Gov. Brown Signs Contracts With 6 State Unions
SACRAMENTO (CBS /AP) — Governor Jerry Brown on Monday signed legislation to enact labor contracts for more than 50,000 prison guards, attorneys, engineers and other state workers that are expected to save more than $300 million a year.
Brown signed the bill just hours after it was approved by the state Assembly. The 54-17 vote Monday afternoon was the minimum needed for approval of SB151 and came despite objections from Republican lawmakers that the contracts should have saved even more money.
Supporters said the six contracts boosted the amount state workers pay toward their retirement benefits, and that any salary increases were meant to offset those higher contributions. The contracts contained “significant employee concessions that will immediately save the state millions of dollars” and continue to do so in future years, said Assemblyman Warren Furutani, D-Lakewood.
Opponents said the contracts should have included even stronger pension reforms and not increased salaries. Raising salaries when the state faces a continuing budget gap and has not imposed major changes to reduce unfunded pension obligations is irresponsible, said Assemblyman Tim Donnelly, R-Twin Peaks.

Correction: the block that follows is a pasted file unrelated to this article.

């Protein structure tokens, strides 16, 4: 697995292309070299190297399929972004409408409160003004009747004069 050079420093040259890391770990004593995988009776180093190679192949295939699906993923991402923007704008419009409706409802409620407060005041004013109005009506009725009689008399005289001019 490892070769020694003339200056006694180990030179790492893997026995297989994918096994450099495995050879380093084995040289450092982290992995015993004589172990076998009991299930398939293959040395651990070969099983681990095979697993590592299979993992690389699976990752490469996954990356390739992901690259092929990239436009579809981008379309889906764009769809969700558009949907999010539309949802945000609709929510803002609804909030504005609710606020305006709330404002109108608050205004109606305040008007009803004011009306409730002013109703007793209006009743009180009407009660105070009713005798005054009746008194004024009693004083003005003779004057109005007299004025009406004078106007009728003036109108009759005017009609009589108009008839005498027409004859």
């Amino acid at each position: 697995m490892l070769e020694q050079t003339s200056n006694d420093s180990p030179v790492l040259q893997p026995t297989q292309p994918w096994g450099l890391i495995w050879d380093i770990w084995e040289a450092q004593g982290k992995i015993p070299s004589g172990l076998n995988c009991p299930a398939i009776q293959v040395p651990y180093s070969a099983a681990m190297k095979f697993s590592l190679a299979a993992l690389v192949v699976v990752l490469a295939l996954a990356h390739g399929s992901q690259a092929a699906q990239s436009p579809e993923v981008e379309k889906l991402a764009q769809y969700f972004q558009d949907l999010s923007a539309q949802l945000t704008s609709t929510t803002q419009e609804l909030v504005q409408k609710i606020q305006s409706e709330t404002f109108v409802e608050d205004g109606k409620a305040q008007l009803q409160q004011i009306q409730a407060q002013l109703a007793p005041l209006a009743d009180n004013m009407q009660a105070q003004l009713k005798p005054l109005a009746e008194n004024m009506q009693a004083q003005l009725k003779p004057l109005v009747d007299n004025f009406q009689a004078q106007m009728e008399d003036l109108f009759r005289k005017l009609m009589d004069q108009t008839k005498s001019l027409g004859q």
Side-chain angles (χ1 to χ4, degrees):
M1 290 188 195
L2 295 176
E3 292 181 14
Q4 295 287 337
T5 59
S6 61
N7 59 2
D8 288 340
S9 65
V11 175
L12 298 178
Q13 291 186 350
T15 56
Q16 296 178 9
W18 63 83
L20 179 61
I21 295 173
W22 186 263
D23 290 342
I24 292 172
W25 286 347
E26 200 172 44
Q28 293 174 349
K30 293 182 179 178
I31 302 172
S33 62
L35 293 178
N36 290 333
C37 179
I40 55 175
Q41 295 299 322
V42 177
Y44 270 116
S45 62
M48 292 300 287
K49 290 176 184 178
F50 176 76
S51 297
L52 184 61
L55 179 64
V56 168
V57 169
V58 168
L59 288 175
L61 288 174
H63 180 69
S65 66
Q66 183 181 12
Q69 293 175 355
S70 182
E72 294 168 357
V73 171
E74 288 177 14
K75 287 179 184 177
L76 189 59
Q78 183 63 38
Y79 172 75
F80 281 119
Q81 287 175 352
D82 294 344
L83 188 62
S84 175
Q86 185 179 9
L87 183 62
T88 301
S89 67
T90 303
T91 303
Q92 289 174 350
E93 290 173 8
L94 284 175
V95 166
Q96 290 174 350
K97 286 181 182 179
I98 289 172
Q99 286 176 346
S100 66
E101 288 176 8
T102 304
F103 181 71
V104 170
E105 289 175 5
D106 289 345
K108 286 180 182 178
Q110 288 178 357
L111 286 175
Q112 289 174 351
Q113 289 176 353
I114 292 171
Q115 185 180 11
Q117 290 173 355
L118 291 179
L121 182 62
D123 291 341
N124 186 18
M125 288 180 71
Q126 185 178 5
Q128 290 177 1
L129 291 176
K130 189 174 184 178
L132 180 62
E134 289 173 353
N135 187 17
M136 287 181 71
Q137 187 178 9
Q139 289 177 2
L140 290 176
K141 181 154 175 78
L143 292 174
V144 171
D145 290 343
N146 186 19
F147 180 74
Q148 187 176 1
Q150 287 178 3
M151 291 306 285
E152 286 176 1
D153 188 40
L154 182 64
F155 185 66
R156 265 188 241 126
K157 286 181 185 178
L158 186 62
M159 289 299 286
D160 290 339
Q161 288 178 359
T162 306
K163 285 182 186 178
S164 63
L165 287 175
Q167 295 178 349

The contracts, particularly the possibility of lump-sum payouts for unused vacation pay in the prison guards contract, demonstrated that Gov. Jerry Brown is making policy decisions based on what’s best for state employees, not what’s best for California taxpayers, said Assemblyman Allan Mansoor, R-Costa Mesa.
Furutani said the vacation payments were necessary because prisons must be staffed around the clock and the state would have to hire more guards to allow employees to take all the vacation time they earn.
The new contracts increase employee contributions to their pensions by anywhere from 2 percent to 5 percent of their total salary. That’s in line with increases in other contracts negotiated last year by Gov. Arnold Schwarzenegger’s administration.
The deals also effectively lower employee salaries through one unpaid day off per month for the next year, and make it harder for workers to “spike” their pensions with inflated compensation in their last year on the job. Pension amounts that previously were determined by the highest single year of compensation are now based on the average of their top three years.
While the pension changes in the contracts may not go as far as some want, Furutani said during debate on the Assembly floor that the bill “does some pension reform and that pension reform was done at the bargaining table.”
Because the bill was enacted as an urgency measure that could take effect immediately, it needed a two-thirds majority for approval, requiring support from two Republican lawmakers in each house. The bill drew exactly the number of votes needed, with Republican lawmakers Katcho Achadjian of San Luis Obispo and Paul Cook of Yucca Valley backing it in the Assembly.
The bill was approved previously in the Senate by a similarly slim margin. It now goes to the governor’s desk.
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